If you are concerned about vitamin D, talk to your GP. Your GP can order a simple blood test to check if vitamin D levels are low and can advise you about sun exposure, diet and vitamin D supplements.

Keep in mind that shorter periods of exposure of larger areas of skin to UV radiation are more efficient at producing vitamin D than long or intense periods of exposure. Long periods in the sun do not improve vitamin D levels but certainly increase the risk of skin damage and skin cancer. 

How the sun sees you

Produced by Thomas Leveritt, this is an excellent video that demonstrates how the sun's UV rays can affect your skin, and how you can protect it.

Credit: Thomas Leveritt, 2014.
Music: 'Summer in the City - Starcadian remix' by Freedom Fry

UV Levels

During winter, those in northern Australia will need less exposure than those in the south. Much will depend on the UV levels in those regions.

You will need sun protection when UV levels are 3 or higher, so check your weather forecasts in newspapers or online at the Bureau of Meterology.

Sunscreen and Vitamin D

Using sunscreen will NOT put you at risk of a vitamin D deficiency.

There has been a considerable amount of scientific research conducted on this issue. The results of this research have consistently shown that regular use of sunscreen by people does not affect their levels of vitamin D.

Media Coverage

  1. ABC News: 'Vitamin D guidelines revised to help clear up mixed messages with skin cancer risk'
  2. SBS News: 'Experts warn of sun protection as Aussies boost vitamin D levels'
  3. Sydney Morning Herald: 'Myth buster: Experts warn our understanding of Vitamin D is just skin deep'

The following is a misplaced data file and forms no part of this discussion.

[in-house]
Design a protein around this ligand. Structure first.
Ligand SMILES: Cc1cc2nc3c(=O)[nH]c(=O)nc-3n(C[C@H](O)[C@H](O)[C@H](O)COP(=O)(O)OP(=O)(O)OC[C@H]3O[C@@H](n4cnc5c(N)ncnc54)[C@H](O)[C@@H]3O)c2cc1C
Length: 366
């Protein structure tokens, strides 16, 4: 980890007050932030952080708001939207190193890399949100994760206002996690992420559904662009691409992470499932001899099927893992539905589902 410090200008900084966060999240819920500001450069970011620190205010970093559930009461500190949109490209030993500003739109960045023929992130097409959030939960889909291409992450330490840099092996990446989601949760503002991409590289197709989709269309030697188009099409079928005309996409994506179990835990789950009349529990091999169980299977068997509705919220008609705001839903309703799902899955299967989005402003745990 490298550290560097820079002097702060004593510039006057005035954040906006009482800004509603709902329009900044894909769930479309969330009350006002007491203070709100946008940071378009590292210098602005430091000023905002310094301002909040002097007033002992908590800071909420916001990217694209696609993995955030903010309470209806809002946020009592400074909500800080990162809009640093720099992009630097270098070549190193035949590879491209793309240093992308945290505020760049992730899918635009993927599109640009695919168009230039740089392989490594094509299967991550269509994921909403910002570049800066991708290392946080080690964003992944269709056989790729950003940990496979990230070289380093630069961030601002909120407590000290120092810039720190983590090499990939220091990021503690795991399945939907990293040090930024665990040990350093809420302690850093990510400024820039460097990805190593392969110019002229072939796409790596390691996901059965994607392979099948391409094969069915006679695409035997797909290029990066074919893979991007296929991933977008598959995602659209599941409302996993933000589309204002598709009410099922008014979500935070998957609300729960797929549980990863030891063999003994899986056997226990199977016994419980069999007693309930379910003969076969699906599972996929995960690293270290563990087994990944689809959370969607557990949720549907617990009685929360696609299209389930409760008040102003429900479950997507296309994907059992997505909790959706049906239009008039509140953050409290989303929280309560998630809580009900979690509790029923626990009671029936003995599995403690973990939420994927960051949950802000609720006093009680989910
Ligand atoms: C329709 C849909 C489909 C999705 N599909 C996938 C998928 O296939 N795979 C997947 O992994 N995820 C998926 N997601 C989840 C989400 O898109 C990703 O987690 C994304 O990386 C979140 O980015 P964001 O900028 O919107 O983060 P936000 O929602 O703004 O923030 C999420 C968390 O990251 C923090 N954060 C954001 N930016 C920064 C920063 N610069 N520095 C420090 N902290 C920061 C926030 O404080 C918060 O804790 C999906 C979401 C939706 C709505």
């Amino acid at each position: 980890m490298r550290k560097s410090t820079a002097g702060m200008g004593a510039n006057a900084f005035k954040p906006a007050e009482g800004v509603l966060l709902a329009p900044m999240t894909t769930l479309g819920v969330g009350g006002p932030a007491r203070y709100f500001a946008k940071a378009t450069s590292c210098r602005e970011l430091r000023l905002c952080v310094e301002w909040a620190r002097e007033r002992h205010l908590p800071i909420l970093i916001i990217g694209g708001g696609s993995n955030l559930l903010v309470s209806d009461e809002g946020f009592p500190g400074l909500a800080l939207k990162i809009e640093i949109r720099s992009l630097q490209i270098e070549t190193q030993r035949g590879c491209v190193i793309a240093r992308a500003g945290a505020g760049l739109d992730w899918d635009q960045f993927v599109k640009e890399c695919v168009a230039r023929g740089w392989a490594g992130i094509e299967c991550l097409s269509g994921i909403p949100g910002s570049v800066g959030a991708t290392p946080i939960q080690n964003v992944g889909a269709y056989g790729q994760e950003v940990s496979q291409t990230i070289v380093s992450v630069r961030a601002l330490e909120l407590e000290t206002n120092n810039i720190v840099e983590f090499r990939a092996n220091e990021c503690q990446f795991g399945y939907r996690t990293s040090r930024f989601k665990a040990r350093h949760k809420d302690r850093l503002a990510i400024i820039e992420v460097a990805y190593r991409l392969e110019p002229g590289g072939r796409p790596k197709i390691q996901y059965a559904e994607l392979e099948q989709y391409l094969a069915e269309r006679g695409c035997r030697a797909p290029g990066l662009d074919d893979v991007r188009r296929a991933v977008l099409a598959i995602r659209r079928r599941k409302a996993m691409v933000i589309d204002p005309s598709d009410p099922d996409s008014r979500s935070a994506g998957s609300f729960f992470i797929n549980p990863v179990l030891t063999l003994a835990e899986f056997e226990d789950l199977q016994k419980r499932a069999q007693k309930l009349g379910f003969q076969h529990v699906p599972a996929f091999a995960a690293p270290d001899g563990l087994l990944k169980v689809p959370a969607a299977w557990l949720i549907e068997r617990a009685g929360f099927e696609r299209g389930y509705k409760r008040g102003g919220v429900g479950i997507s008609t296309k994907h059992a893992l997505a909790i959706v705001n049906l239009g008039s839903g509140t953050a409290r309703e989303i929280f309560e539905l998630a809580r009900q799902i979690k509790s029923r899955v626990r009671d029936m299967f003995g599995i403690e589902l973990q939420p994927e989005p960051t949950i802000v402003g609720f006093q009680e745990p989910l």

For more information, see also a joint statement issued by the Australasian College of Dermatologists, Cancer Council Australia, Osteoporosis Australia, Endocrine Society of Australia, and the Australian and New Zealand Bone and Mineral Society:

Craig Sinclair, Chair of Cancer Council Australia's Public Health Committee:
"During summer, most Australians have adequate vitamin D levels just from doing typical day-to-day activities, such as walking for a couple of minutes to the car or the shop. However, if you are going outside for more than a few minutes and the UV Index is 3 or above, you need to protect yourself - slip, slop, slap, seek shade and slide on sunnies."

Associate Peter Foley, from the Australasian College of Dermatologists:
"Prolonged sun exposure does not cause vitamin D levels to continue to increase, but it certainly does increase the risk of skin cancer."

Professor Peter Ebeling AO, from Osteoporosis Australia and the Endocrine Society of Australia:
"If you have adequate Vitamin D during summer, then your body can rely on this storage for one to two months." 

"For most of the population, any reduction in Vitamin D levels experienced in winter can be corrected at other times of the year when UV levels are higher."

  1. Media Release: 'How much sun is enough? Experts agree on sun protection and vitamin D'
  2. Position Statement: Sun Exposure and vitamin D - Risks and benefits